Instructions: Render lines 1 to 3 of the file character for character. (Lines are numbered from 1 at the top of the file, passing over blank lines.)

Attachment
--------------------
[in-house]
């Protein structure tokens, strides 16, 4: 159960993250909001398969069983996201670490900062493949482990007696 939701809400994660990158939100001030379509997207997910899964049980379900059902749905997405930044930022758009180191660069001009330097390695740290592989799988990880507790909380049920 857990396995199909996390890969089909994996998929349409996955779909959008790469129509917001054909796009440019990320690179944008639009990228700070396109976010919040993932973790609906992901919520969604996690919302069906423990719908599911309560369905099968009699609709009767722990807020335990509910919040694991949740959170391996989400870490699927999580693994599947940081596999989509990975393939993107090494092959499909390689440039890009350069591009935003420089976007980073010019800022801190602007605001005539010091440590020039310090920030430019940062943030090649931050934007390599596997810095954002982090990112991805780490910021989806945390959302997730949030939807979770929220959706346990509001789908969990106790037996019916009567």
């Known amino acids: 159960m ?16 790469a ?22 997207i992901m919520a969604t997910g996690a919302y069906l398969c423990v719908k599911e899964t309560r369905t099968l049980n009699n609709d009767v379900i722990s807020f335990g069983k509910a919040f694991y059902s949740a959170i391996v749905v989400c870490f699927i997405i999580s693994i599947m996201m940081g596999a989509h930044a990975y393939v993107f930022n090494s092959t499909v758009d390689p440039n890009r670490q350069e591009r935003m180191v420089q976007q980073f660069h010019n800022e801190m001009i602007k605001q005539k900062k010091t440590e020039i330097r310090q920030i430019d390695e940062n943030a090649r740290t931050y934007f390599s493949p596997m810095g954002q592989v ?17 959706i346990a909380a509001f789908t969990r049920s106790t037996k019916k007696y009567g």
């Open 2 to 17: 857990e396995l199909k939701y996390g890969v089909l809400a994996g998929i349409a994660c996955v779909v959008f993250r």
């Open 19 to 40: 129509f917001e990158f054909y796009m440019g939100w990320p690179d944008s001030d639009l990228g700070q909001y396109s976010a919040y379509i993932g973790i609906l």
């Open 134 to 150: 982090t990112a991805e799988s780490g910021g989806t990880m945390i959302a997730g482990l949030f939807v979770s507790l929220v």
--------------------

[in-house]
């Protein structure tokens, strides 16, 4: 159960993250909001398969069983996201670490900062493949482990007696 939701809400994660990158939100001030379509997207997910899964049980379900059902749905997405930044930022758009180191660069001009330097390695740290592989799988990880507790909380049920 857990396995199909996390890969089909994996998929349409996955779909959008790469129509917001054909796009440019990320690179944008639009990228700070396109976010919040993932973790609906992901919520969604996690919302069906423990719908599911309560369905099968009699609709009767722990807020335990509910919040694991949740959170391996989400870490699927999580693994599947940081596999989509990975393939993107090494092959499909390689440039890009350069591009935003420089976007980073010019800022801190602007605001005539010091440590020039310090920030430019940062943030090649931050934007390599596997810095954002982090990112991805780490910021989806945390959302997730949030939807979770929220959706346990509001789908969990106790037996019916009567």
């Known amino acids: 159960m ?16 790469a ?22 997207i992901m919520a969604t997910g996690a919302y069906l398969c423990v719908k599911e899964t309560r369905t099968l049980n009699n609709d009767v379900i722990s807020f335990g069983k509910a919040f694991y059902s949740a959170i391996v749905v989400c870490f699927i997405i999580s693994i599947m996201m940081g596999a989509h930044a990975y393939v993107f930022n090494s092959t499909v758009d390689p440039n890009r670490q350069e591009r935003m180191v420089q976007q980073f660069h010019n800022e801190m001009i602007k605001q005539k900062k010091t440590e020039i330097r310090q920030i430019d390695e940062n943030a090649r740290t931050y934007f390599s493949p596997m810095g954002q592989v ?17 959706i346990a909380a509001f789908t969990r049920s106790t037996k019916k007696y009567g």